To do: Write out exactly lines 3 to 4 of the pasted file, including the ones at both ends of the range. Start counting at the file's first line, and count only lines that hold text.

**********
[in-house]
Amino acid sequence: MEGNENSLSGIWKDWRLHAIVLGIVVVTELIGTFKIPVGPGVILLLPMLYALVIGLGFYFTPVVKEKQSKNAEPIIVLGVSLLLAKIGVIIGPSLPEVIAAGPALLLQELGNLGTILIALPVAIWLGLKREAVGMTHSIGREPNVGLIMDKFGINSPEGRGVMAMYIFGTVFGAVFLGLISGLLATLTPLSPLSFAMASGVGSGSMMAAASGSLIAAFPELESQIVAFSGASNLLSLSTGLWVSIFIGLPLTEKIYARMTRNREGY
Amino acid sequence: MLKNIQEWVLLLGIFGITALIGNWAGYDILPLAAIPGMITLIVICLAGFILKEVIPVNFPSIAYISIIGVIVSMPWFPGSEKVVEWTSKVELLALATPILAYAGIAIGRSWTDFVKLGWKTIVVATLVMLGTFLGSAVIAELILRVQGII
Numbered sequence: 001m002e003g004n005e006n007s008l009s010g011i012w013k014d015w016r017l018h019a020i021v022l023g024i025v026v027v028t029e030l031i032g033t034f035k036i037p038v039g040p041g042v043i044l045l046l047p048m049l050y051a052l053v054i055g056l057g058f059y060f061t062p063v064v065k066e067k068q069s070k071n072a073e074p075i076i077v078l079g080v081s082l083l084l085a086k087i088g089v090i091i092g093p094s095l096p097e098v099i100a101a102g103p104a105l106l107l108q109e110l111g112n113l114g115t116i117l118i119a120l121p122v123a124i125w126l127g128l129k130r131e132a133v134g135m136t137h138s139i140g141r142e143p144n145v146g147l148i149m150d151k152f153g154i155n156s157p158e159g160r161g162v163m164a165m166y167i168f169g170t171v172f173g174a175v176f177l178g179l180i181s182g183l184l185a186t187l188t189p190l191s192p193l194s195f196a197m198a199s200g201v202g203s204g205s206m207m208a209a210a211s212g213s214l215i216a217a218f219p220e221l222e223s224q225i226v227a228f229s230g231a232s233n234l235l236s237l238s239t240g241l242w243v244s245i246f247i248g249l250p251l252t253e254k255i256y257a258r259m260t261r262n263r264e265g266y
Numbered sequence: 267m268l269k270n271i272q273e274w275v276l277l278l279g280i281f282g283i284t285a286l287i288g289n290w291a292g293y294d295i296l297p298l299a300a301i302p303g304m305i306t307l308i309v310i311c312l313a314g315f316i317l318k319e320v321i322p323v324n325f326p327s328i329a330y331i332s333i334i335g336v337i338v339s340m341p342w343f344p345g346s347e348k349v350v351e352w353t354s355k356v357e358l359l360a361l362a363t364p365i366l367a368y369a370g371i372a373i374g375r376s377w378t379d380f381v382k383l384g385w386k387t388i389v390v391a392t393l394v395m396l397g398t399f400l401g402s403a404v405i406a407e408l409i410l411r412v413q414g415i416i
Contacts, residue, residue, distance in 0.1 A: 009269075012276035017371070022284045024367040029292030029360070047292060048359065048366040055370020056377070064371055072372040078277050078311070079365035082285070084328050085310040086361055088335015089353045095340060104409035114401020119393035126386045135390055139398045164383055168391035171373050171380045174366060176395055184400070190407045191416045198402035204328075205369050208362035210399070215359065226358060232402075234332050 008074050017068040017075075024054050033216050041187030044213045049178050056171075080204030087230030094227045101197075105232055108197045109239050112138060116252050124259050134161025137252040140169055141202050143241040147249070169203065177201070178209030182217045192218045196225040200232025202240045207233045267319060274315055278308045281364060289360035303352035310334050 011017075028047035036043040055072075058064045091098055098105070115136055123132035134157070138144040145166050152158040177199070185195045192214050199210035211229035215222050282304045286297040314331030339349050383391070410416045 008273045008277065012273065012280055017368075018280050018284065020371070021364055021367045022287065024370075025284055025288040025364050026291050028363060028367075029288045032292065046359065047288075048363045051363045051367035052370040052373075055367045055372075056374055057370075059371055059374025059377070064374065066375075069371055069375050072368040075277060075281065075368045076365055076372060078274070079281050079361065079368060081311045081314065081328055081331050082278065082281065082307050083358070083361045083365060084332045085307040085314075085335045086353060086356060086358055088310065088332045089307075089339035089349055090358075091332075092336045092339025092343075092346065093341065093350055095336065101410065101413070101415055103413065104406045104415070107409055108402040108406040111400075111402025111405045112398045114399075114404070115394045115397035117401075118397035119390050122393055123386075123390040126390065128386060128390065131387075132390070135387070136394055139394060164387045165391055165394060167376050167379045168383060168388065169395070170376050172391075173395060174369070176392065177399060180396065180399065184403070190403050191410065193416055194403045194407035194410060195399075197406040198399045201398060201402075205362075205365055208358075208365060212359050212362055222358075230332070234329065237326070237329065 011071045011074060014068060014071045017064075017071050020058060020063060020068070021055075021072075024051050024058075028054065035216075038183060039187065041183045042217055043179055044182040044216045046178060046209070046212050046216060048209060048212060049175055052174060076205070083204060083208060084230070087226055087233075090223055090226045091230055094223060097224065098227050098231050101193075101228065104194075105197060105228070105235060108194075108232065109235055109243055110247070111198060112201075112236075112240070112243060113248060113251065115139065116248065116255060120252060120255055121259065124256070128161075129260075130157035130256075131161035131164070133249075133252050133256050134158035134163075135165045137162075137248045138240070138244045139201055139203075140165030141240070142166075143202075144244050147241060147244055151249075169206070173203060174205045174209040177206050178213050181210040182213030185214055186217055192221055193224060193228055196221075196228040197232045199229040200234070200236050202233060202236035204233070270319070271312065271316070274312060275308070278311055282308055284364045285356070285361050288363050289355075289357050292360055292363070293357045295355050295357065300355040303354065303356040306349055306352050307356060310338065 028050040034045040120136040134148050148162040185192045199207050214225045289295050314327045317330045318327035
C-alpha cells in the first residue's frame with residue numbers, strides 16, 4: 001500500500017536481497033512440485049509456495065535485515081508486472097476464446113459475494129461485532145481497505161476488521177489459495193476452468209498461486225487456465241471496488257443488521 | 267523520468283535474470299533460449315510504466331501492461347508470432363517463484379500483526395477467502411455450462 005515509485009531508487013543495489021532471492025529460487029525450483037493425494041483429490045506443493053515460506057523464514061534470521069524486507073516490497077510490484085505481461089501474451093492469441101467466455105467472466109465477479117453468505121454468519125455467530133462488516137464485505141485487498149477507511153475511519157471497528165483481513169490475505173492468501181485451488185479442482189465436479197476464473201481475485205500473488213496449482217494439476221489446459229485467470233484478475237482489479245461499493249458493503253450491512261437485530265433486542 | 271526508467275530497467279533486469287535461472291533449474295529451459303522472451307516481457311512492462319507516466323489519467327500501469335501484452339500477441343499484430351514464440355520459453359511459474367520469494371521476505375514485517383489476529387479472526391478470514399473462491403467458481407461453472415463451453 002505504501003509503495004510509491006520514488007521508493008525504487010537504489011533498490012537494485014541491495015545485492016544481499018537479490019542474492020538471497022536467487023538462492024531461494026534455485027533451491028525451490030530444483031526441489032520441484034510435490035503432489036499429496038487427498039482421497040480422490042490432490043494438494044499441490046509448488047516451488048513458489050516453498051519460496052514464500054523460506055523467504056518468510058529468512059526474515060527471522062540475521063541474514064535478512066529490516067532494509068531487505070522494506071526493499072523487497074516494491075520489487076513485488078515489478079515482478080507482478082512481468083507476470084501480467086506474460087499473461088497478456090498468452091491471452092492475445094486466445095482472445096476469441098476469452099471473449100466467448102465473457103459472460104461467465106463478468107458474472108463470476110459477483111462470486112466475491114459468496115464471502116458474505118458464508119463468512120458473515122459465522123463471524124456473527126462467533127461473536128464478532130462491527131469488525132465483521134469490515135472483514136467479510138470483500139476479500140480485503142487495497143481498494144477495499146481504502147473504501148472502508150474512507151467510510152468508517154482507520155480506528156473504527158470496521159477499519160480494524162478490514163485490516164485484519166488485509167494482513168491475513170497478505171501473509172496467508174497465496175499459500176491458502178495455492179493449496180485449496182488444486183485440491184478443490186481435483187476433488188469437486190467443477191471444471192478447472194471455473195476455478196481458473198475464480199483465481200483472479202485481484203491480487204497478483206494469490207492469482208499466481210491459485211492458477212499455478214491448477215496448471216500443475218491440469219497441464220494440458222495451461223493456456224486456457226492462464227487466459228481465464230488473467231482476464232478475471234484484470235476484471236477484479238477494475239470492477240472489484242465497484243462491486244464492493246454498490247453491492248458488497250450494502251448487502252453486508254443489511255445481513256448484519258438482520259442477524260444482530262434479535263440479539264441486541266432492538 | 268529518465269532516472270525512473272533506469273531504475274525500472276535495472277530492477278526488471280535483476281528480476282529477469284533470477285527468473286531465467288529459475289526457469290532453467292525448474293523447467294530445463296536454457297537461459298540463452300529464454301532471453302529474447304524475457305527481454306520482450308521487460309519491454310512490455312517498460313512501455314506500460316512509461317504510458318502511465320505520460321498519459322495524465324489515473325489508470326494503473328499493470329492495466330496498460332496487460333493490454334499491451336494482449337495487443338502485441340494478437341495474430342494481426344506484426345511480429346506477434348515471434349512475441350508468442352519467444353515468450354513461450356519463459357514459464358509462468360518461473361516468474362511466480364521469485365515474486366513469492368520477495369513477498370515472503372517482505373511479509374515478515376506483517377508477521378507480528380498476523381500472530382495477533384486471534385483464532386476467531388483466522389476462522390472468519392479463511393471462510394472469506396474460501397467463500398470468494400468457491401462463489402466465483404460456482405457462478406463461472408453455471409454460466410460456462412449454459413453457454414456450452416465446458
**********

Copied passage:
Amino acid sequence: MLKNIQEWVLLLGIFGITALIGNWAGYDILPLAAIPGMITLIVICLAGFILKEVIPVNFPSIAYISIIGVIVSMPWFPGSEKVVEWTSKVELLALATPILAYAGIAIGRSWTDFVKLGWKTIVVATLVMLGTFLGSAVIAELILRVQGII
Numbered sequence: 001m002e003g004n005e006n007s008l009s010g011i012w013k014d015w016r017l018h019a020i021v022l023g024i025v026v027v028t029e030l031i032g033t034f035k036i037p038v039g040p041g042v043i044l045l046l047p048m049l050y051a052l053v054i055g056l057g058f059y060f061t062p063v064v065k066e067k068q069s070k071n072a073e074p075i076i077v078l079g080v081s082l083l084l085a086k087i088g089v090i091i092g093p094s095l096p097e098v099i100a101a102g103p104a105l106l107l108q109e110l111g112n113l114g115t116i117l118i119a120l121p122v123a124i125w126l127g128l129k130r131e132a133v134g135m136t137h138s139i140g141r142e143p144n145v146g147l148i149m150d151k152f153g154i155n156s157p158e159g160r161g162v163m164a165m166y167i168f169g170t171v172f173g174a175v176f177l178g179l180i181s182g183l184l185a186t187l188t189p190l191s192p193l194s195f196a197m198a199s200g201v202g203s204g205s206m207m208a209a210a211s212g213s214l215i216a217a218f219p220e221l222e223s224q225i226v227a228f229s230g231a232s233n234l235l236s237l238s239t240g241l242w243v244s245i246f247i248g249l250p251l252t253e254k255i256y257a258r259m260t261r262n263r264e265g266y